Imaging of experience-dependent structural plasticity in the mouse neocortex in vivo

Détails

ID Serval
serval:BIB_13C30F973C96
Type
Article: article d'un périodique ou d'un magazine.
Collection
Publications
Institution
Titre
Imaging of experience-dependent structural plasticity in the mouse neocortex in vivo
Périodique
Behavioural Brain Research
Auteur(s)
Holtmaat A., De Paola V., Wilbrecht L., Knott G. W.
ISSN
0166-4328
Statut éditorial
Publié
Date de publication
09/2008
Peer-reviewed
Oui
Volume
192
Numéro
1
Pages
20-25
Langue
anglais
Résumé
The functionality of adult neocortical circuits can be altered by novel experiences or learning. This functional plasticity appears to rely on changes in the strength of neuronal connections that were established during development. Here we will describe some of our studies in which we have addressed whether structural changes, including the remodeling of axons and dendrites with synapse formation and elimination, could underlie experience-dependent plasticity in the adult neocortex. Using 2-photon laser-scanning microscopes and transgenic mice expressing GFP in a subset of pyramidal cells, we have observed that a small subset of dendritic spines continuously appear and disappear on a daily basis, whereas the majority of spines persists for months. Axonal boutons from different neuronal classes displayed similar behavior, although the extent of remodeling varied. Under baseline conditions, new spines in the barrel cortex were mostly transient and rarely survived for more than a week. However, when every other whisker was trimmed, the generation and loss of persistent spines was enhanced. Ultrastructural reconstruction of previously imaged spines and boutons showed that new spines slowly form synapses. New spines persisting for a few days always had synapses, whereas very young spines often lacked synapses. New synapses were predominantly found on large, multi-synapse boutons, suggesting that spine growth is followed by synapse formation, preferentially on existing boutons. Altogether our data indicate that novel sensory experience drives the stabilization of new spines on subclasses of cortical neurons and promotes the formation of new synapses. These synaptic changes likely underlie experience-dependent functional remodeling of specific neocortical circuits.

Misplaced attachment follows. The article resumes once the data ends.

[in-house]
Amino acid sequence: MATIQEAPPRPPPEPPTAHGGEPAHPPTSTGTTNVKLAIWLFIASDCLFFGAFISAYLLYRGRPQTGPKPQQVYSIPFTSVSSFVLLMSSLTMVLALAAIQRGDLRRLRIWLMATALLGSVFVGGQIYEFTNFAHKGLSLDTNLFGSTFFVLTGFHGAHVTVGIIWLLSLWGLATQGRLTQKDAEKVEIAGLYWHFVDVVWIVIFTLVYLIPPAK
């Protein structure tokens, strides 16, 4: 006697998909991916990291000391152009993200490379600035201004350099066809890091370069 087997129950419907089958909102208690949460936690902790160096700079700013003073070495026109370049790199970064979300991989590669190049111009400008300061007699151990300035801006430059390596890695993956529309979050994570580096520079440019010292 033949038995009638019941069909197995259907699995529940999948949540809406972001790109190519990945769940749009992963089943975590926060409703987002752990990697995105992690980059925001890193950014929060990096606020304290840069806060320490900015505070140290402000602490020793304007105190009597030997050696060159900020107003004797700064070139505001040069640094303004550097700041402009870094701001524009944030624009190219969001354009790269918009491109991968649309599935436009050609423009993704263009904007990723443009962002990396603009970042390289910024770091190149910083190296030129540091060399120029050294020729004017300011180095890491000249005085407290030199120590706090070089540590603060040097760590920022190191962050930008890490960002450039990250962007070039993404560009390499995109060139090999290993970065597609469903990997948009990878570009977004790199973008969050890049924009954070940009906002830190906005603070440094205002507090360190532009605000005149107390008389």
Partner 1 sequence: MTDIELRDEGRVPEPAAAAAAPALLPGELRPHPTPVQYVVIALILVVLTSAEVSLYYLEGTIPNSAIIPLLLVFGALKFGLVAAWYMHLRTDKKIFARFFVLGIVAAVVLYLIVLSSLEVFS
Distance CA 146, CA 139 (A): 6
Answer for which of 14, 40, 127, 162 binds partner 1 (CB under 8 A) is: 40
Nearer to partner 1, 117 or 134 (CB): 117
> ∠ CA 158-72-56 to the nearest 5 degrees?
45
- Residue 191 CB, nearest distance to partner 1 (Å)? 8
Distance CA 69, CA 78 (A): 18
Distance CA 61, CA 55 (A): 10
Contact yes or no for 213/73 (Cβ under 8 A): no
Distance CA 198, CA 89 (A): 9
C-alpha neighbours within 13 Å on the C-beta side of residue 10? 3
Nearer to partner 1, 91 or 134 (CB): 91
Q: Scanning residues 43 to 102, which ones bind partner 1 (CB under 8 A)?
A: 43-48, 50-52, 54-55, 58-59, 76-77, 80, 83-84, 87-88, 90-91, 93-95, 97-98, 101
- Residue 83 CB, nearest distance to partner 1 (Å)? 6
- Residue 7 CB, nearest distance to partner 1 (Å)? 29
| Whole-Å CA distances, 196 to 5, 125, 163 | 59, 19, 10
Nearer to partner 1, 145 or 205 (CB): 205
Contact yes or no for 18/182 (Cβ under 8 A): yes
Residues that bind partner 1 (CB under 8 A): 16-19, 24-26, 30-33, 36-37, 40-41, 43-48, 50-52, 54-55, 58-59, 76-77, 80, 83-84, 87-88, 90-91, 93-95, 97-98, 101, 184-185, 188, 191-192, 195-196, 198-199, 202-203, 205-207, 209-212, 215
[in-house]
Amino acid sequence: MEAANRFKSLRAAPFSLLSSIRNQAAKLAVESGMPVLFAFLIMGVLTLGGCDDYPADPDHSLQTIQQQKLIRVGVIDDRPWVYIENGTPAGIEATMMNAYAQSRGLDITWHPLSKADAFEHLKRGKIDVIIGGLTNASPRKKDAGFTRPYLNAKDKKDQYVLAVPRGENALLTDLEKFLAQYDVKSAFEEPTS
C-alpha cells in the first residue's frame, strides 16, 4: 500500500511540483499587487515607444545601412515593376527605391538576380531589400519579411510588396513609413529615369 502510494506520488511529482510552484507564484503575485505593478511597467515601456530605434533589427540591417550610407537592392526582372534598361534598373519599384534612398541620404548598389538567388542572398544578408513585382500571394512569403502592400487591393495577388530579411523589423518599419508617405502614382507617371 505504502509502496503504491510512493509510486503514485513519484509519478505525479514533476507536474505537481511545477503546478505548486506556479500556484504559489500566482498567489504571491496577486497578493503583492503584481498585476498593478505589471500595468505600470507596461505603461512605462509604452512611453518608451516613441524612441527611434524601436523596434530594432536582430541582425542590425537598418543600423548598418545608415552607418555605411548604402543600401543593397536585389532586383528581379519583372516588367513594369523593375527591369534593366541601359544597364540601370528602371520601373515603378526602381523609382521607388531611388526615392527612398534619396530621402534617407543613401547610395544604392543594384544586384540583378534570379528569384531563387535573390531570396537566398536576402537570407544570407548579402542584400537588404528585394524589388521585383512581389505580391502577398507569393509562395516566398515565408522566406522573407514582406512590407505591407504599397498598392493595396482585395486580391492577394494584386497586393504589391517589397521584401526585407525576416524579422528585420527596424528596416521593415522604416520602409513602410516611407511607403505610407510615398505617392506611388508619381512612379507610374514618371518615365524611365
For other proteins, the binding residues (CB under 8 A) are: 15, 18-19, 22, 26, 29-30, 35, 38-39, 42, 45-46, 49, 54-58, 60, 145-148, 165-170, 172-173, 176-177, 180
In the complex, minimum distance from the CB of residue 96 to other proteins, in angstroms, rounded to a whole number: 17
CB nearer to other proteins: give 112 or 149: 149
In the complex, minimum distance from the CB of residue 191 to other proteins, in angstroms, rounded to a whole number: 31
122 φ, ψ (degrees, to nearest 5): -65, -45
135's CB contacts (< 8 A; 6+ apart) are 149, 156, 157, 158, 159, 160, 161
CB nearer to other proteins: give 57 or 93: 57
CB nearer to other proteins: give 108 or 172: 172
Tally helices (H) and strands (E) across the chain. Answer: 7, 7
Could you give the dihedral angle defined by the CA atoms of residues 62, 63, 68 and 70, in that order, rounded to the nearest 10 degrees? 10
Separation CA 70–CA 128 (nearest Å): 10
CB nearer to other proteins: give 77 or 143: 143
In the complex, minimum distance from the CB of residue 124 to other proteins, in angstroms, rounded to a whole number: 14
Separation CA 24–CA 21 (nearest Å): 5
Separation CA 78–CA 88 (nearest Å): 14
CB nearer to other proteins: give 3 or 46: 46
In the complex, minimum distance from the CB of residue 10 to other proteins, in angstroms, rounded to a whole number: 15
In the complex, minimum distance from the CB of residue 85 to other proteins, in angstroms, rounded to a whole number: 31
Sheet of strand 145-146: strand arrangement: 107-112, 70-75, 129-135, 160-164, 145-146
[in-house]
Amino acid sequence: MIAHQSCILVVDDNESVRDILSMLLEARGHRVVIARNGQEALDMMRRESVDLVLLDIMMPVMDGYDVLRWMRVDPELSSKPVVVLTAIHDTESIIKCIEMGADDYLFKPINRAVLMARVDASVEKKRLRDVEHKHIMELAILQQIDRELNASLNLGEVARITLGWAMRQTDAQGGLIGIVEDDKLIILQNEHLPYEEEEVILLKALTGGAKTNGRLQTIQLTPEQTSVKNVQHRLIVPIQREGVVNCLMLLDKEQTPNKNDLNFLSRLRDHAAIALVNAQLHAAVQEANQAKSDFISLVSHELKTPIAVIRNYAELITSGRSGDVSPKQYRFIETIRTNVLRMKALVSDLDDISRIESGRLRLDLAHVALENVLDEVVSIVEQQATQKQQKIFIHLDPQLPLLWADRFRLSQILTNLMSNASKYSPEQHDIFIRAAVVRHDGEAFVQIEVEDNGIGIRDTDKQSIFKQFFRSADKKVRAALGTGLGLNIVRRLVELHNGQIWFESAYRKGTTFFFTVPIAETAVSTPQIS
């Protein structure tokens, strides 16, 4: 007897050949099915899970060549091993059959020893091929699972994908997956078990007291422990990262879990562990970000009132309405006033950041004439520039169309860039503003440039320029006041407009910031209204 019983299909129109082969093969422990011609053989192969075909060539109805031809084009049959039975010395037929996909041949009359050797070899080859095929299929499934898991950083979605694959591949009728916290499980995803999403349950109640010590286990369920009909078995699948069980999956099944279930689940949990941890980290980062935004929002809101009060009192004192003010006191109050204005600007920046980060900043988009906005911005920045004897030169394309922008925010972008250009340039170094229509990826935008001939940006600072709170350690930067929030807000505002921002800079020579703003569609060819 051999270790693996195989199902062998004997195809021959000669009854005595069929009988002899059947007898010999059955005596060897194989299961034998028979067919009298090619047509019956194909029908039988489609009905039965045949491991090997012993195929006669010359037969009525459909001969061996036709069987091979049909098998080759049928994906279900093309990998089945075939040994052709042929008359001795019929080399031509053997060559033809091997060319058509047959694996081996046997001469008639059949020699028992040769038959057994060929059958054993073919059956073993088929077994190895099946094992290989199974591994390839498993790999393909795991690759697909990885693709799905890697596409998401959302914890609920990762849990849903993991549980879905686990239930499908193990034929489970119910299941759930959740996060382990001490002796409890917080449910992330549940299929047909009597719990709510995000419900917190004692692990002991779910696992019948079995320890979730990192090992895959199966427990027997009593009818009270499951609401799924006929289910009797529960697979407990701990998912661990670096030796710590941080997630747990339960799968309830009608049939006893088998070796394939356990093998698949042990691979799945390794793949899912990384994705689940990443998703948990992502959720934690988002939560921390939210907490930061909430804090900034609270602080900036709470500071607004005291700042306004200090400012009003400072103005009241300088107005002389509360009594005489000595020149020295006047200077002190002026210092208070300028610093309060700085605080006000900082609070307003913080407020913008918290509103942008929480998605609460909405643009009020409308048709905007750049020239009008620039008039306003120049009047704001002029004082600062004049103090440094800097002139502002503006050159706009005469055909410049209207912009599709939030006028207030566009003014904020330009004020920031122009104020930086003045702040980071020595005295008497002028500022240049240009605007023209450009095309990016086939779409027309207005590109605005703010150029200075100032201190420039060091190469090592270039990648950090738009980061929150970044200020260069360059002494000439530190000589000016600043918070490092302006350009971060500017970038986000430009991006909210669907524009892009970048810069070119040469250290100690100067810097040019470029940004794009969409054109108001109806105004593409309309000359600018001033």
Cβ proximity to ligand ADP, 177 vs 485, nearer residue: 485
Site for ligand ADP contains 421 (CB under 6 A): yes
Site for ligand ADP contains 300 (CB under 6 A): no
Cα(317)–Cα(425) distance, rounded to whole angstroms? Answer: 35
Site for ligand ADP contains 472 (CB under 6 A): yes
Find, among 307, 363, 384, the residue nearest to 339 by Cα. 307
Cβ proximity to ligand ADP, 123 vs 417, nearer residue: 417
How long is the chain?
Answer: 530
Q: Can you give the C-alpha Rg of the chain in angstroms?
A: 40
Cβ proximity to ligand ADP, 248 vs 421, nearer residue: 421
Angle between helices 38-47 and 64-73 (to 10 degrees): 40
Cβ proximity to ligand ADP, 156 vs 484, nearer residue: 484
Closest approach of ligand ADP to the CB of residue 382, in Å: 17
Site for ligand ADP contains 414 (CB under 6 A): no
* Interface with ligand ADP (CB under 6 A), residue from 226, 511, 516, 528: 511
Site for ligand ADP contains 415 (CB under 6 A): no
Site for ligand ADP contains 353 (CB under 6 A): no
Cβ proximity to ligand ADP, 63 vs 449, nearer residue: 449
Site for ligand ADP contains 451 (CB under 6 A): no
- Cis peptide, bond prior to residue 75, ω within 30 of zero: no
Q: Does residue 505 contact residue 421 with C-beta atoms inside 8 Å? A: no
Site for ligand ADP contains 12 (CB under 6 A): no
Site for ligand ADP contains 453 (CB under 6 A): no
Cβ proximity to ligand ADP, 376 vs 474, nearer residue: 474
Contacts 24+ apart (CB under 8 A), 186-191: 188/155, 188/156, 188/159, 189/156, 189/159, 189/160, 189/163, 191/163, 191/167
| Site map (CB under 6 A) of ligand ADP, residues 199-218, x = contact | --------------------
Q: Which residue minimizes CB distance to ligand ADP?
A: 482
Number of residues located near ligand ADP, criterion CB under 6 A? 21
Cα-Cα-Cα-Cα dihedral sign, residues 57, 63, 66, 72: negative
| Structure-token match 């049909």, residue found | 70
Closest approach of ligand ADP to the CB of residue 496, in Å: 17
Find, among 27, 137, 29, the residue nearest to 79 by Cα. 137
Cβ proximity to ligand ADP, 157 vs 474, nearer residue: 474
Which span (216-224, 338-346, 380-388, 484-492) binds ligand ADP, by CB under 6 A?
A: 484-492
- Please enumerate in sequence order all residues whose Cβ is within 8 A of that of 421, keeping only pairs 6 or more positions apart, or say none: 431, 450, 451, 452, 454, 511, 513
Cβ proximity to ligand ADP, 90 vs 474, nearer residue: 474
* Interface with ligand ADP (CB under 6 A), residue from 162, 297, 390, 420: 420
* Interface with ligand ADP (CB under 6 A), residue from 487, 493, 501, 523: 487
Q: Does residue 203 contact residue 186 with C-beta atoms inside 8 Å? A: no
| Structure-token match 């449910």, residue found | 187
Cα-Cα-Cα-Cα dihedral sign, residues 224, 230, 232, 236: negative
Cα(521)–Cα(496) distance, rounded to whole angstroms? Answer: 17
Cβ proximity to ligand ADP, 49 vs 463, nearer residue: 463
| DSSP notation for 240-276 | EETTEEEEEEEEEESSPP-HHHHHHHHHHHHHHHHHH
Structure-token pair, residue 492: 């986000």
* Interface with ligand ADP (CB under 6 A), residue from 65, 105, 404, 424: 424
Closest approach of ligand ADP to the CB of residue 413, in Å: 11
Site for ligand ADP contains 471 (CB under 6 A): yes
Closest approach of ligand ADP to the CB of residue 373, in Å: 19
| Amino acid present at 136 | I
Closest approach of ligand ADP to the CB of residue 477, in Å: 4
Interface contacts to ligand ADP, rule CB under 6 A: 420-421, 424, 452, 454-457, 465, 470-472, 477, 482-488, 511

Mots-clé
Animals Dendritic Spines/*physiology/ultrastructure Learning/*physiology Mice Neocortex/*physiology/ultrastructure Neural Pathways/physiology/ultrastructure Neuronal Plasticity/*physiology Presynaptic Terminals/physiology/ultrastructure Pyramidal Cells/*physiology/ultrastructure Synapses/*physiology/ultrastructure Synaptic Transmission/physiology
Pubmed
Web of science
Création de la notice
30/01/2009 11:13
Dernière modification de la notice
20/08/2019 13:42
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